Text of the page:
Friday, March 04, 2011

Friendship Economics

AOG, Madrid

It is not news that the Spanish economy is not doing extremely well. It is affecting the whole country and yesterday the unemployment rate went back up again.

Of course, to the uninformed observer, Spain's unemployment comes with a caveat: One, most of the people unemployed are immigrants who used to work in the construction sector (until recently one of Spain's economic pillars and main engine of economic growth). 

And two, most of them survive in what is known as the 'Black Economy'. That is, people are working and not paying taxes on their earnings. Many claim unemployment benefit and work. 

Nobody talks much about it and the Government acts as though they know nothing of it. And just as well they do, otherwise they would have a revolution in their hands.

However, there is a knock-on effect going on. Although people are working, even in the 'Black Economy', their spending power has diminished. 

And whereas a few months ago every analyst in the country was saying that imports (to Germany, France and the UK) would pull the economy out of the slump, the tune has changed of late. 

Now, it is, as we always knew, that what will get the economy moving is consumer spending.

However, given the performance of US banks in the last couple of years, Spain's banks are not too keen on lending. 

And in Spain, like the US and almost everywhere else, the biggest purchase people make is property. 

Certainly the big property promoters are pushing for the banks to start lending again, and Spain's President has met with several banking CEOs to ensure that lending continues. 

But thus far, nothing. So, in the meantime, the Government has decided to extend people's pensions, to push for reduced salaries and less worker compensation when fired. 

This in a country famous for paying employees about 80% of what their European colleagues make. And needless to say, people in Spain work longer hours than the European average.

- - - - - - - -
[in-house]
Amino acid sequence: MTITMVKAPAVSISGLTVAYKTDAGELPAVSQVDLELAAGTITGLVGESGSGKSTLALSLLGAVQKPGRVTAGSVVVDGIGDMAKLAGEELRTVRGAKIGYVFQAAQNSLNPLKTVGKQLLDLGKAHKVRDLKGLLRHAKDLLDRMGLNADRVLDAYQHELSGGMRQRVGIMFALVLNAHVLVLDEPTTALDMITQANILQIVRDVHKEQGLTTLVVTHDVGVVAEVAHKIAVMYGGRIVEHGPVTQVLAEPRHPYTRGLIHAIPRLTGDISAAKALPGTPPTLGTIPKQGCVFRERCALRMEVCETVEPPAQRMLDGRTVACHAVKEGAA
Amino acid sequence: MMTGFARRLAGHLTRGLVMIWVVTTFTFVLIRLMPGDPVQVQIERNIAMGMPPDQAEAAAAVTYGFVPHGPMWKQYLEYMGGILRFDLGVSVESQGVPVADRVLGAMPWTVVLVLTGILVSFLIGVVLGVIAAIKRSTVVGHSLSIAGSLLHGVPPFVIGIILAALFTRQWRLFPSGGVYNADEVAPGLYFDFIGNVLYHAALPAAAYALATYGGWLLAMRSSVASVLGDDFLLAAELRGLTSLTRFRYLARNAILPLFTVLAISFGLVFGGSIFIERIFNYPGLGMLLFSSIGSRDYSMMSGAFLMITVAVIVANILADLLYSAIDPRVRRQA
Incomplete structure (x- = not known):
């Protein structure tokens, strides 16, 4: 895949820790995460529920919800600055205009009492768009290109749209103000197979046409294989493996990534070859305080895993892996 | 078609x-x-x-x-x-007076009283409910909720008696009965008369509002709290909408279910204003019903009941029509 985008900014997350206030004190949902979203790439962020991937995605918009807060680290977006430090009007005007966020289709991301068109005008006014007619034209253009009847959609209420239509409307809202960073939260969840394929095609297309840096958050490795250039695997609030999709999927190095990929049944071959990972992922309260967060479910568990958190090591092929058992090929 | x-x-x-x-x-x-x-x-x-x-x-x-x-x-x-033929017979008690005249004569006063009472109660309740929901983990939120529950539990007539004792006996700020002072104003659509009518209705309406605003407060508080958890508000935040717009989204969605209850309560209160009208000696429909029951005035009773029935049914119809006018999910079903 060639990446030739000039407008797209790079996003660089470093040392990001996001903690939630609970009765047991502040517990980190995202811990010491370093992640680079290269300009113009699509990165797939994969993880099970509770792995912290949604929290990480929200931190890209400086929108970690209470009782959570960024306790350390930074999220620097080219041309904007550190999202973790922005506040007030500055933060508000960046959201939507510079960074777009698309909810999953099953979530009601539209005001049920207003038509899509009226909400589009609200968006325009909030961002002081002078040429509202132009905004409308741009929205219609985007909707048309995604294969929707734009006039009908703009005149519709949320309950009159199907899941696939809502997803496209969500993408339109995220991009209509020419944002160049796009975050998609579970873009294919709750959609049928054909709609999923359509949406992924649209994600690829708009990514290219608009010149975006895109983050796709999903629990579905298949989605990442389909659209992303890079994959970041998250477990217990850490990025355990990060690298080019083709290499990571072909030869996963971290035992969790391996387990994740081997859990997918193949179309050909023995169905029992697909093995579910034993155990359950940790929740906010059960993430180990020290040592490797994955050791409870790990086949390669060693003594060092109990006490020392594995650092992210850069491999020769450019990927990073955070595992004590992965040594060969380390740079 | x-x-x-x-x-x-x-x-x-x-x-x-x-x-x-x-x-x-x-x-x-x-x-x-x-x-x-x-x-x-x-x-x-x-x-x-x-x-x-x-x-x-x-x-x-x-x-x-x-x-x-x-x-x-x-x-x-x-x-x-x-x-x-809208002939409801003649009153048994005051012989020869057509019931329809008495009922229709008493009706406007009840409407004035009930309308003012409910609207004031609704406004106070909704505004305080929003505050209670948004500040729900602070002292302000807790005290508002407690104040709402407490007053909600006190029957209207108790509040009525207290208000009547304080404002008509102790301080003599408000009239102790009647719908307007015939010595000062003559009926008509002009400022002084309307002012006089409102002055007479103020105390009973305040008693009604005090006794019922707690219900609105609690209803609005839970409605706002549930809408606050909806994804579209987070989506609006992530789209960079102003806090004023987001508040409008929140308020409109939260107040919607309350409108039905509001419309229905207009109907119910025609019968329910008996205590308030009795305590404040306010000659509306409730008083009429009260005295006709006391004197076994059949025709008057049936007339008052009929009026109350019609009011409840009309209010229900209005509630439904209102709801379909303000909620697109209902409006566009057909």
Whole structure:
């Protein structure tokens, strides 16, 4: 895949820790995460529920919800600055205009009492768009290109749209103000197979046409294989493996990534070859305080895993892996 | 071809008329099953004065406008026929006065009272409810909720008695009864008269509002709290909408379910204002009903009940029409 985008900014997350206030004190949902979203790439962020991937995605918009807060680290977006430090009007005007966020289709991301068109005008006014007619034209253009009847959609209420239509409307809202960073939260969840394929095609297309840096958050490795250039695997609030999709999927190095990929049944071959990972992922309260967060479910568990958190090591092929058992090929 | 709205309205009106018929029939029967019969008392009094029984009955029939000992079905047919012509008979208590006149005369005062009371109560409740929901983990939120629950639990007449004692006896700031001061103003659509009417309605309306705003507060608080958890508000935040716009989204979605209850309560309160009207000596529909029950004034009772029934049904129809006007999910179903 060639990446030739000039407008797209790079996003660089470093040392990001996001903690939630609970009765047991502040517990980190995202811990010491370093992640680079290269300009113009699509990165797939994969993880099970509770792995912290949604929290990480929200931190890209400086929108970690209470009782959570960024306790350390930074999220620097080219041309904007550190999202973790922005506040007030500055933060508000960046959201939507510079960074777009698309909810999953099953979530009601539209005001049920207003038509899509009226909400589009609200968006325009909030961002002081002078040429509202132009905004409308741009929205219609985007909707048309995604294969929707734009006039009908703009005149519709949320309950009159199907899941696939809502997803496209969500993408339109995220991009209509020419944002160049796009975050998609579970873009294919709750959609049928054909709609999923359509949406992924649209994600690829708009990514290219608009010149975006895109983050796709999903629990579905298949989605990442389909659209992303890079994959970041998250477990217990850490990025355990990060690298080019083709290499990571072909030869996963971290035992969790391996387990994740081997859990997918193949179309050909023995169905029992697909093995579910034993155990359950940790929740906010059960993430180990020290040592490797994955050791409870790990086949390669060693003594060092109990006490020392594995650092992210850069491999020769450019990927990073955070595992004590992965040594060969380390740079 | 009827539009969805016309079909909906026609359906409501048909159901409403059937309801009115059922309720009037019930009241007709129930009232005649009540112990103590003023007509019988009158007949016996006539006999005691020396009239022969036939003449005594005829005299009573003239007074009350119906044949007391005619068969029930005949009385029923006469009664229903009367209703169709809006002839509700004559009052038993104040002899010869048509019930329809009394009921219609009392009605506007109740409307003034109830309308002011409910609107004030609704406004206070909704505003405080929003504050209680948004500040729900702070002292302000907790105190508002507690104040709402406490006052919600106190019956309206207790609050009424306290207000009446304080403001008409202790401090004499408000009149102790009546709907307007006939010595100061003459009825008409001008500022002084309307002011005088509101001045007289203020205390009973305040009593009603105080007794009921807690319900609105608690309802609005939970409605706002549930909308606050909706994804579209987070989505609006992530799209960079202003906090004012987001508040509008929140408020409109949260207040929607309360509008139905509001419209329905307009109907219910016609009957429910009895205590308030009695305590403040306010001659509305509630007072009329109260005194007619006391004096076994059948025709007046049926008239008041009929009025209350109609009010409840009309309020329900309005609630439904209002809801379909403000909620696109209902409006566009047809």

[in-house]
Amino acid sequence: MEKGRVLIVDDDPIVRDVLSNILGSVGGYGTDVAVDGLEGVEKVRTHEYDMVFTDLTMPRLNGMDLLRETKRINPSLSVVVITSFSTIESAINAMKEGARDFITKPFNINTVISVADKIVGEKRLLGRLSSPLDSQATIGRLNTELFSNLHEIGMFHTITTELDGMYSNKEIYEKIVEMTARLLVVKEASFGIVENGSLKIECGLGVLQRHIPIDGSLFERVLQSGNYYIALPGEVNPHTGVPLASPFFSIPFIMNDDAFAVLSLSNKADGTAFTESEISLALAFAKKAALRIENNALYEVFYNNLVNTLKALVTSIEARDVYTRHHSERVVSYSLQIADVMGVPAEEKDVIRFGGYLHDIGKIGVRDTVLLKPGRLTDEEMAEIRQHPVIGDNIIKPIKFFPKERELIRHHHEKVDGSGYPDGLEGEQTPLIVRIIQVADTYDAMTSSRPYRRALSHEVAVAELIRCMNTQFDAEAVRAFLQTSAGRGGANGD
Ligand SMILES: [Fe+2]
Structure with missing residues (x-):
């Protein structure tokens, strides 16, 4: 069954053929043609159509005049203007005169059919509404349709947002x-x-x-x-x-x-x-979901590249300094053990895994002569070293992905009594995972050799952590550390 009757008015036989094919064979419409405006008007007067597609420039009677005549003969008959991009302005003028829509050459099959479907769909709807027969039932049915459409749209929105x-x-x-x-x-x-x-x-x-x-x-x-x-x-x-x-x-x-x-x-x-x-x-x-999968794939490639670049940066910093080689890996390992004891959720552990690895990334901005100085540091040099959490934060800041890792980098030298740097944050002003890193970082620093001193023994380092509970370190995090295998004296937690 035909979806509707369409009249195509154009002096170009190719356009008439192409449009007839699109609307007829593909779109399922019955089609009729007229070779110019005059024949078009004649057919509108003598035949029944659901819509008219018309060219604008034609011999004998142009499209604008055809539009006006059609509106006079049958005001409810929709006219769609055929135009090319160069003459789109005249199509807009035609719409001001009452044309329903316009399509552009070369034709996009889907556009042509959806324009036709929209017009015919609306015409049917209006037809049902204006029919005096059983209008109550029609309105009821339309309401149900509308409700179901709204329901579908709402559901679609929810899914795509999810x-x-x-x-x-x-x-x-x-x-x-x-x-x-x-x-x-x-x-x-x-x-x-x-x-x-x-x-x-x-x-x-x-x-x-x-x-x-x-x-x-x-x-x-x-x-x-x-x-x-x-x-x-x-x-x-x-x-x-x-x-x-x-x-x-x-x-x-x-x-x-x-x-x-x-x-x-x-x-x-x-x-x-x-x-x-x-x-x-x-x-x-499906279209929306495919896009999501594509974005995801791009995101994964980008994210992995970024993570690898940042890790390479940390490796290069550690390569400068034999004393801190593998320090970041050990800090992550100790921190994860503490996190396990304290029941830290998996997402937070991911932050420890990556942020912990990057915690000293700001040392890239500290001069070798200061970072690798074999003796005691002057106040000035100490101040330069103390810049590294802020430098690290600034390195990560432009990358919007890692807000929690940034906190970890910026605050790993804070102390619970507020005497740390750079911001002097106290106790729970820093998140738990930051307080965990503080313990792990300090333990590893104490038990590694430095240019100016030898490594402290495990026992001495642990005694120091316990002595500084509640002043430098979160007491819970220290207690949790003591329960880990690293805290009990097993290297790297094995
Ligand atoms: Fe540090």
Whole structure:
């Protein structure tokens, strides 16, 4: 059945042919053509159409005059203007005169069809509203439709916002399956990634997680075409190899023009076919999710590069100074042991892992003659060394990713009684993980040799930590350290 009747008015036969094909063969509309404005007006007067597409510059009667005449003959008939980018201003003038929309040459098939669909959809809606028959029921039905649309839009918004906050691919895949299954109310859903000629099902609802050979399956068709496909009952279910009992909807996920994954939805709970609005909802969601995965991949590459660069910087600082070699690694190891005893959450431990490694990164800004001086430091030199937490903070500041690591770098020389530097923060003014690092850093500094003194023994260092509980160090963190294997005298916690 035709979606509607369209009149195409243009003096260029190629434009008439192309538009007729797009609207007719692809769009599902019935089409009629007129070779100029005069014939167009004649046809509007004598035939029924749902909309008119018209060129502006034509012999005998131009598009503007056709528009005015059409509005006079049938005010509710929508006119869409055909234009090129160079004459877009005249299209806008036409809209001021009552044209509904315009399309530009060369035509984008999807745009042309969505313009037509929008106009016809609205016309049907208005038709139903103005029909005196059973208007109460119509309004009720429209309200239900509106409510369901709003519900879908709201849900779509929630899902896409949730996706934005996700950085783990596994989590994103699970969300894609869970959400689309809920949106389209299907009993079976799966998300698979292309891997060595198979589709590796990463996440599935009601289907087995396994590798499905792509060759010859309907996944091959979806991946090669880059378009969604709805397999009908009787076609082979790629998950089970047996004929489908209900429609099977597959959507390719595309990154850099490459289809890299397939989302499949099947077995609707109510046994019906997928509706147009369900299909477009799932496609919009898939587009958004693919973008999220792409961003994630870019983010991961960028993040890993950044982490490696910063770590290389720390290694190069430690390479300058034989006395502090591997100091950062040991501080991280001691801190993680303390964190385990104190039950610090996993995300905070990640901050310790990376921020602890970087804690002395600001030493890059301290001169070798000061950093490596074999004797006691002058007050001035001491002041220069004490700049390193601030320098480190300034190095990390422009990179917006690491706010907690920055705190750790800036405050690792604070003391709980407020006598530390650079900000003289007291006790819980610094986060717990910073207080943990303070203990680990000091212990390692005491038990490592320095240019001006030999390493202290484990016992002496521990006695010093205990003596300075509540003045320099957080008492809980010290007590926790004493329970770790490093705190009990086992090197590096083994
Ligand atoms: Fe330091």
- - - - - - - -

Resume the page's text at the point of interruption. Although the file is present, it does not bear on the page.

Many have criticized the PSOE, Spain's governing party, because they are a Socialist party taking very right-wing measures. 

In roughly one year's time, Spain will have a general election (if not sooner, elections are the privilege of the Prime Minister). 

To most analysts, it is a foregone conclusion that the opposition will win the election.  And most think they will do so without having to lift a finger.

However, not all is lost.

A couple of days ago Mr. Zapatero said that in 2012, the whole country would feel the benefit of an upsurge in the economy. 

Just in time for the elections? Too little too late? Only time will tell.

In the mean time, a friend of mine called me yesterday with a question.

"Do you know how they hunt kangaroos in Australia?"


"They kill them at night. The lights from the 4x4s blind them, and they remain perfectly still. Then they get shot."


"That is how I feel these days. Like a kangaroo caught in the lights. I am completely frozen".

He owns a computer repair business, and he hasn't been doing well since last November.

"If I don't have money coming in, I freeze. I just freeze."

Unfortunately, he is not alone. Most of the country is, at present, frozen.

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